Christianity’s Criminal History, 114

St. John Chrysostom exhorting Aelia Eudoxia. Note how the Empress—the spouse of the Roman Emperor Arcadius—, in this painting by Jean-Paul Laurens, has people in her Byzantine entourage who are not whites. Editor’s note: In a nationalist forum last month a commenter said: A BS narrative that makes no sense. The idea that Jews created Christianity to…

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Christianity’s Criminal History, 113

 Editors’ note:To contextualise these translations of Karlheinz Deschner’s encyclopaedic history of the Church in 10-volumes, Kriminalgeschichte des Christentums, read the abridged translationof Volume I. The Catholic ‘children emperors’ ‘These sovereigns followed the examples of the great Theodosius’. —Cardinal Hergenrother, Church Historian ‘The emperors were also pious Catholics’. —Peter Brown ‘The world is sinking’. —St Jerome  The division…

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Christianity’s Criminal History, 112

Editor’s note: Here we see once again some passages on the historical Libanius: a central character in Gore Vidal’s Julian. What Deschner says here about Libanius is splendidly novelized by Vidal in the very final paragraph of his novel. To contextualise these translations of Karlheinz Deschner’s encyclopaedic history of the Church in 10-volumes, Kriminalgeschichte des…

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Christianity’s Criminal History, 111

 Editors’ note: To contextualise these translations of Karlheinz Deschner’s encyclopaedic history of the Church in 10-volumes, Kriminalgeschichte des Christentums, read the abridged translation of Volume I.   Everything a person needs to know is contained in the Bible Augustine’s intellectual achievements—which are of a theological nature—have been always overrated. With the exception of certain psychological…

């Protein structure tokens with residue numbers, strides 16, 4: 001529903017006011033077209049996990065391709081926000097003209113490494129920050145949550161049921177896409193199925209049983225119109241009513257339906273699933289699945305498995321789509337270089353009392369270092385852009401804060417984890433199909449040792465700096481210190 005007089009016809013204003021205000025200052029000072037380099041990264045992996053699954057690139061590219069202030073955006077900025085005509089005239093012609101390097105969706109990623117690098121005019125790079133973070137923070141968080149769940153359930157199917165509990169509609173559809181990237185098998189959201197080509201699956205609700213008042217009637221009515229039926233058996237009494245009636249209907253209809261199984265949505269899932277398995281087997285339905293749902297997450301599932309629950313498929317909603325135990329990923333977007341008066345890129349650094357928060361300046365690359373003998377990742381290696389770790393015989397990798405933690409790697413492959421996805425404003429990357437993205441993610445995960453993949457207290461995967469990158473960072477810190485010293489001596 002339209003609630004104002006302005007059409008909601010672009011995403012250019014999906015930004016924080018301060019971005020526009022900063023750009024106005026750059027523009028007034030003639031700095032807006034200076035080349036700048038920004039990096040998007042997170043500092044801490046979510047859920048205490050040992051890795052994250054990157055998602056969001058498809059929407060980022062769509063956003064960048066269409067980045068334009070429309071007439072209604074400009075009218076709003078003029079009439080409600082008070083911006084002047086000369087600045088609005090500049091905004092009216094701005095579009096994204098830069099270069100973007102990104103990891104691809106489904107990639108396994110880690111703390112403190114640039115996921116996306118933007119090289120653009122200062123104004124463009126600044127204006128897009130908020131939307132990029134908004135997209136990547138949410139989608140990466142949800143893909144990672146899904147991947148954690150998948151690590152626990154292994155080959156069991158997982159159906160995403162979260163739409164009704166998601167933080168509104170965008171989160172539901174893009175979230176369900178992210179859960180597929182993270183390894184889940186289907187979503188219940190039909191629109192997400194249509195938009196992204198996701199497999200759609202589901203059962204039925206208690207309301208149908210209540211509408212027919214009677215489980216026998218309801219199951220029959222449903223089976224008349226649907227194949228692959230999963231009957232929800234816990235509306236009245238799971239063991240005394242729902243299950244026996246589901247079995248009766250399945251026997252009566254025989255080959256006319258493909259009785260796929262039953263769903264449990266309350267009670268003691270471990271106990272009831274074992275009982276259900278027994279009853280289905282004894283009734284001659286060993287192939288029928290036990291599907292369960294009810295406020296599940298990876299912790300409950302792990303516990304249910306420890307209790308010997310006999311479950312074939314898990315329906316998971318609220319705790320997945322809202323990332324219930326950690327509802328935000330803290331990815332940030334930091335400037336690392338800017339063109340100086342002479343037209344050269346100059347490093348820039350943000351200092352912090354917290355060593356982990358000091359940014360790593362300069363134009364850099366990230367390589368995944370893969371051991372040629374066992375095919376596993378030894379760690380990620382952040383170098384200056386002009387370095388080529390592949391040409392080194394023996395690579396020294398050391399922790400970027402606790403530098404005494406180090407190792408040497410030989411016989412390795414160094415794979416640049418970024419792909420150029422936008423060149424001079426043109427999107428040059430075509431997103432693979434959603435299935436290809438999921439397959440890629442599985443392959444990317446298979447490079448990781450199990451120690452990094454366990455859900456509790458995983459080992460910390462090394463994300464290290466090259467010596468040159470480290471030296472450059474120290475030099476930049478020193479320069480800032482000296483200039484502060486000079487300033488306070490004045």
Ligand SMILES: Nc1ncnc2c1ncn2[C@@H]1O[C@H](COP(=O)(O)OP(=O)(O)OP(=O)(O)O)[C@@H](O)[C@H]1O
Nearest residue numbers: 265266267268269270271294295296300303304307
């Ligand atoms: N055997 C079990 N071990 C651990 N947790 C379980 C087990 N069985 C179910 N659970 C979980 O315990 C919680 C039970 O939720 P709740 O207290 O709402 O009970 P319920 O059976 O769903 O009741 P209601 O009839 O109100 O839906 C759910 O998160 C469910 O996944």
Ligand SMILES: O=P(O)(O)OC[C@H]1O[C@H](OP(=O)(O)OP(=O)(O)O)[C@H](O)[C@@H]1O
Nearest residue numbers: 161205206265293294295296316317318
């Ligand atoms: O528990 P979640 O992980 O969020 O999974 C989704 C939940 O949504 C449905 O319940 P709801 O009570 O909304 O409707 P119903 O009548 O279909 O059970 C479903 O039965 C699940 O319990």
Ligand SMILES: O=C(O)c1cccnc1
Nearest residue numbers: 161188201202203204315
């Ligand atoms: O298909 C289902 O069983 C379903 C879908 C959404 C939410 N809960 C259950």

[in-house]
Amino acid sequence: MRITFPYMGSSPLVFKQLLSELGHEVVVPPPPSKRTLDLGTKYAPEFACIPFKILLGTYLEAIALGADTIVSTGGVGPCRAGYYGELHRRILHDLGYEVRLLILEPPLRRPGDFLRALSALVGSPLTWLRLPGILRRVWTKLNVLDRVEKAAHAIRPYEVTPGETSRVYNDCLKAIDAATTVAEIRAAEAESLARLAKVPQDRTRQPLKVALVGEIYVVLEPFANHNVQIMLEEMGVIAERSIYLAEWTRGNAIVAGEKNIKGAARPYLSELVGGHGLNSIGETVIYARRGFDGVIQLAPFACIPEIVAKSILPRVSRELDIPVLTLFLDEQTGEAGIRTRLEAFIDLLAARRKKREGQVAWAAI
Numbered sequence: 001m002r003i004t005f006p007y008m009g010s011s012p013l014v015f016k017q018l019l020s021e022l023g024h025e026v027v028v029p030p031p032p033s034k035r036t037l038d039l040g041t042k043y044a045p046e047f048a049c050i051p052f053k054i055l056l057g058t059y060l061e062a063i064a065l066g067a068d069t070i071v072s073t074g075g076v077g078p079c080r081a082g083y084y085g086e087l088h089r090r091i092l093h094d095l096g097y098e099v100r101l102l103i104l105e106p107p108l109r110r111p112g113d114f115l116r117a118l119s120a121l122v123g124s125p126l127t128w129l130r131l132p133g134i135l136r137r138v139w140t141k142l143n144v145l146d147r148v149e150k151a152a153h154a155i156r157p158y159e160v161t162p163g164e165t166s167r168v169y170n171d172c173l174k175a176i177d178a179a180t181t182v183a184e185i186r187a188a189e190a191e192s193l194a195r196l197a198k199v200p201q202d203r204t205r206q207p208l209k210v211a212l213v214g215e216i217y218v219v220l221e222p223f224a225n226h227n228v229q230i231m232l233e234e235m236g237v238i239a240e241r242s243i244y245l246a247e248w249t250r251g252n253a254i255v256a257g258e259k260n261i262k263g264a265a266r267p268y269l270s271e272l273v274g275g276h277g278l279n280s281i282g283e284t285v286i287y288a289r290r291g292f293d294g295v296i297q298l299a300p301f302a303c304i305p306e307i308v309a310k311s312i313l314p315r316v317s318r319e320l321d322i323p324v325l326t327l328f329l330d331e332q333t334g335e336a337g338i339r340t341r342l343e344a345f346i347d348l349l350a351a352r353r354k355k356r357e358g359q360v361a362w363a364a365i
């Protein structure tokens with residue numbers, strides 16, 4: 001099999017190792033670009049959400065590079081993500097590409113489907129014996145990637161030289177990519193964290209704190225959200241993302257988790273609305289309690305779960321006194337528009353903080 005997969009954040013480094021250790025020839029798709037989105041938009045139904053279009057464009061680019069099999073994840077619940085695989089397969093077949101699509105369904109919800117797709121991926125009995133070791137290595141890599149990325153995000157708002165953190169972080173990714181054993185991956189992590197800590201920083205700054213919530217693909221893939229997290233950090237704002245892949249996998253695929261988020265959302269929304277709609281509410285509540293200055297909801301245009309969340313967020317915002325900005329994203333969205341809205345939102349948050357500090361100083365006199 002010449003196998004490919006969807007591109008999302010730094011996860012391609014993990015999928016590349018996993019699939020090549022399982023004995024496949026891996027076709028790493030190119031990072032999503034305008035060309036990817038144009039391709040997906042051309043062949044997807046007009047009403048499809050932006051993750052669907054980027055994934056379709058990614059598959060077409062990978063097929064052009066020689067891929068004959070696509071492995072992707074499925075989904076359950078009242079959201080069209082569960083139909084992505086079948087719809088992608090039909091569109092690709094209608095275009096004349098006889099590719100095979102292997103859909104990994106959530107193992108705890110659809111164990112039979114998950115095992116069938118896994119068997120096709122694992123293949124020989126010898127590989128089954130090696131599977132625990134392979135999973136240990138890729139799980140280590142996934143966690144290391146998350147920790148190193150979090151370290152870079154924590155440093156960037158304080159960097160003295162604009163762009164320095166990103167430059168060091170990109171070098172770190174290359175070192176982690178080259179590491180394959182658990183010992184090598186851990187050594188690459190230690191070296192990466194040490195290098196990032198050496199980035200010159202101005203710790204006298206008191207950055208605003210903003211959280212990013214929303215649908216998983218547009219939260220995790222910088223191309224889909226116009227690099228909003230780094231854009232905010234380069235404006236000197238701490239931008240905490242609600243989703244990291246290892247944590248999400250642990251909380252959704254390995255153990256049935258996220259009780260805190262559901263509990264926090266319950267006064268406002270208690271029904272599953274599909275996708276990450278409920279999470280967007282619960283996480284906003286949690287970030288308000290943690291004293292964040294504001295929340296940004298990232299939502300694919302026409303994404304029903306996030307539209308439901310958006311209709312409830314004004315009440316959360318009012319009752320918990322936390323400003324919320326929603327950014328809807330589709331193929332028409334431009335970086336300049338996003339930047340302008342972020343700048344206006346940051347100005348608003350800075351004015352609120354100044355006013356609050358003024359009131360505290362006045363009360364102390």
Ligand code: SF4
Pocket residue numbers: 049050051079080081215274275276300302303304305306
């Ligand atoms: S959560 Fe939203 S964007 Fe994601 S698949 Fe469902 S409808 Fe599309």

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Christianity’s Criminal History, 110

(Iconic image of Tatian) Editors’ note: To contextualise these translations of Karlheinz Deschner’s encyclopaedic history of the Church in 10-volumes, Kriminalgeschichte des Christentums, read the abridged translation of Volume I.   Natural Science Even geometry seemed disgraceful to Christians. Still at the beginning of the 4th century they refused to make bishop the Christian Nemesius…

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Christianity’s Criminal History, 109

Editor’s Note: The spirit of Jorge of Burgos There are two ways to learn about the history that the school hid us. The most enjoyable is to read novels like Julian by Gore Vidal, located in the 4th century AD; the other to study arid scholarly treatises by dissenters like Karlheinz Deschner. What Deschner says…

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Christianity’s Criminal History, 108

 Editors’ note: ‘One cannot solve the Jewish question without first solving the Christian Question’, said commenter Devan in the previous thread. Isn’t it truly pathetic that, the only ones who want to defend the white race in the world, continue defending the religion that weakened the Aryan race against the Jews? I recently said in…

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Christianity’s Criminal History, 107

 Editors’ note: To contextualise these translations of Karlheinz Deschner’s encyclopaedic history of the Church in 10-volumes, Kriminalgeschichte des Christentums, read the abridged translation of Volume I.   The theatre, ‘The temple of the devil’ Almost unanimously (with very few exceptions, such as those of Victorinus of Pettau and Gaius Marius Victorinus), the Fathers of the…

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Christianity’s Criminal History, 106

 Editors’ note: To contextualise these translations of Karlheinz Deschner’s encyclopaedic history of the Church in 10-volumes, Kriminalgeschichte des Christentums, read the abridged translation of Volume I.   The hostility to classic culture in early Christian Latin writers The fact that also ecclesiastical authors imbued with philosophy disqualify or hate the latter is something that is…

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Christianity’s Criminal History, 105

 Editors’ note: To contextualise these translations of Karlheinz Deschner’s encyclopaedic history of the Church in 10-volumes, Kriminalgeschichte des Christentums, read the abridged translation of Volume I.   The hostility to the classic culture of the first Greco-Christian writers We already showed above how decidedly, with what resolutely rude expressions, Tatian, the ‘philosopher of the barbarians’,…

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